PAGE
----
Generally speaking, business processes describe end-to-end processing paths including tasks and information flows. Often crossing departmental and even organizational boundaries, business process usually starts with a customer request/need and ends with an outcome for the customer and the organization. In turn, a Business Process Model specifies several related business processes and defines the ways in which operations are carried out to accomplish the intended organizational objectives.
A process-based approach in social security administration relies on best practices to provide a common way of describing the activities of a social security institution. The overall management of social security business processes involves its business areas, notably: registration, contribution collection, accounting and finance, payment, appeals and complaints management, planning and evaluation areas, and cash benefits administration for pensions, sickness, health insurance, unemployment, maternity, and family benefits.
This section addresses these issues and provides recommendations on implementing a process-based approach in social security institutions. The key advantage of this approach is that it facilitates the identification of business process similarities across various programmes which allows for economies of scale in the development and maintenance of systems as well as simplifying operations both for the user/customer and for the staff responsible for the various functions through standardization.
The core operational business processes are:
- Registration of all categories of contributors and beneficiaries;
- Contribution collection for all categories of contributors, which includes collecting declarations/payroll, collecting contributions and apportioninf contributions/premiums;
- Management of cash benefits:
- Receiving benefit applications for all the schemes;
- Control and adjudication, including eligibility and other controls as well as decisions on entitlement and computation of payment amounts;
- Payment of cash benefits;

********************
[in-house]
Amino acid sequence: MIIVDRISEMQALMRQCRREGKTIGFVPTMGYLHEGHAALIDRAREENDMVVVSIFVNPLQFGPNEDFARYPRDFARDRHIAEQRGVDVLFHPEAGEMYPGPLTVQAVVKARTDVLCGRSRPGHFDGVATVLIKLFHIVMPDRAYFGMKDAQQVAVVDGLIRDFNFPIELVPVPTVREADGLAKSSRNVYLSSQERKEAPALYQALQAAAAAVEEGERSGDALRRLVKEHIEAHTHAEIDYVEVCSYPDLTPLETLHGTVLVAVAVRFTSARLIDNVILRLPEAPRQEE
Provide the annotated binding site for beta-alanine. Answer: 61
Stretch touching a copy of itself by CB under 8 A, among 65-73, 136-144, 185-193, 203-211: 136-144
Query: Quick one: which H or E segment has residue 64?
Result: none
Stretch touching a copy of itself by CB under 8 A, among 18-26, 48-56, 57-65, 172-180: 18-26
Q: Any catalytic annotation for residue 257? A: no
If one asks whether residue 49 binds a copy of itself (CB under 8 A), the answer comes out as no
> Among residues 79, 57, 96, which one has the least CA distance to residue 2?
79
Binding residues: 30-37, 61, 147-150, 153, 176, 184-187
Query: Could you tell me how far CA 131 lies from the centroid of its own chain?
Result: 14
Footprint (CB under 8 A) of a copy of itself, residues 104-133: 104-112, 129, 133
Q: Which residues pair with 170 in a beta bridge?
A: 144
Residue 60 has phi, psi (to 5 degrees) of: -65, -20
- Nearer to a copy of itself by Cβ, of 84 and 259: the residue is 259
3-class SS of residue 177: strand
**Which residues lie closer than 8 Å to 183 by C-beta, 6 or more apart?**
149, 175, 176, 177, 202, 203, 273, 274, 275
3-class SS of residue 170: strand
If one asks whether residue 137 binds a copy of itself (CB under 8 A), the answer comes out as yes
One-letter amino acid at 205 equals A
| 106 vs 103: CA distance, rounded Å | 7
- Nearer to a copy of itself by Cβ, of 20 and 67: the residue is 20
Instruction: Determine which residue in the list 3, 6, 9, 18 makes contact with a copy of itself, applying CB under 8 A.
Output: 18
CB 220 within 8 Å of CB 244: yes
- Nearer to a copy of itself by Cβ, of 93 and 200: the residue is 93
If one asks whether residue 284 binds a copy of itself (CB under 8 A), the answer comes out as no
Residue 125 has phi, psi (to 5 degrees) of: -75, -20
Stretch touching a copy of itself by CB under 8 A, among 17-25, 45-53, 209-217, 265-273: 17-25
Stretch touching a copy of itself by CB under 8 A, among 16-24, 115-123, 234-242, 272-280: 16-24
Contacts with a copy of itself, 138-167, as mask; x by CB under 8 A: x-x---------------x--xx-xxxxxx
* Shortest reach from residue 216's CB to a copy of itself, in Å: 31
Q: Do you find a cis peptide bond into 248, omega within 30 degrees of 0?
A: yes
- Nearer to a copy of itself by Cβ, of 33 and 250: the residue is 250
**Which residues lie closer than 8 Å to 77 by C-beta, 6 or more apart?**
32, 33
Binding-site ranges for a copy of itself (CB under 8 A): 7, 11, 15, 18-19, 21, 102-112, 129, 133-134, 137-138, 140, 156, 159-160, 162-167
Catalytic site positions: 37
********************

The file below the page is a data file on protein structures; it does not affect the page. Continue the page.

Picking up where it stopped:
- Managing appeals, complaints and redress;
- Permanent evaluation of the operational processes by computing key performance indicators.
The main goals of this section are to:
- Provide recommendations on implementing core social security business processes taking into account schemes’ specificities and, at the same time, preventing fragmented implementations by promoting common processes when appropriate;
- Promote a standardized business process framework for the ICT developments as well as for other functions (e.g. service delivery) to address the business requirements of the schemes;
- Promote good practices on the design and implementation of social security processes in particular for strengthening security and data quality assurance mechanisms.
The section takes into account specificities of the targeted core processes in the different social security schemes and programmes, which are grouped as follows:
- Short term income replacement benefits providing an income replacement for a limited time period during which the insured person is not able to work due to sickness, maternity and unemployment;
- Long-term benefits payable for life or for a considerable number of years, such as old-age, disability and survivors pensions;
- Hybrid benefits such as family allowances and health insurance. The former provides additional income for families with young children, often with conditionalities such as means-testing and/or school attendance and receiving medical care. The latter covers health services to workers and their dependants. The benefits may consist of covering beneficiaries’ enrolment to medical services provided by external health providers and/or, reimbursement-based cash benefit for medical expenses incurred.
Table C.4.1 summarizes the business process considered in this section as well as the ICT-implementation approach.
These guidelines are primarily intended to provide orientations to the ICT unit on implementing software systems responding to requirements of business areas. They also aim at providing guidance to the institution’s management and business areas on the main social security business processes.
In addition, these guidelines may mean that operational and technical development will have to adapt their skills and/or new skills requirements.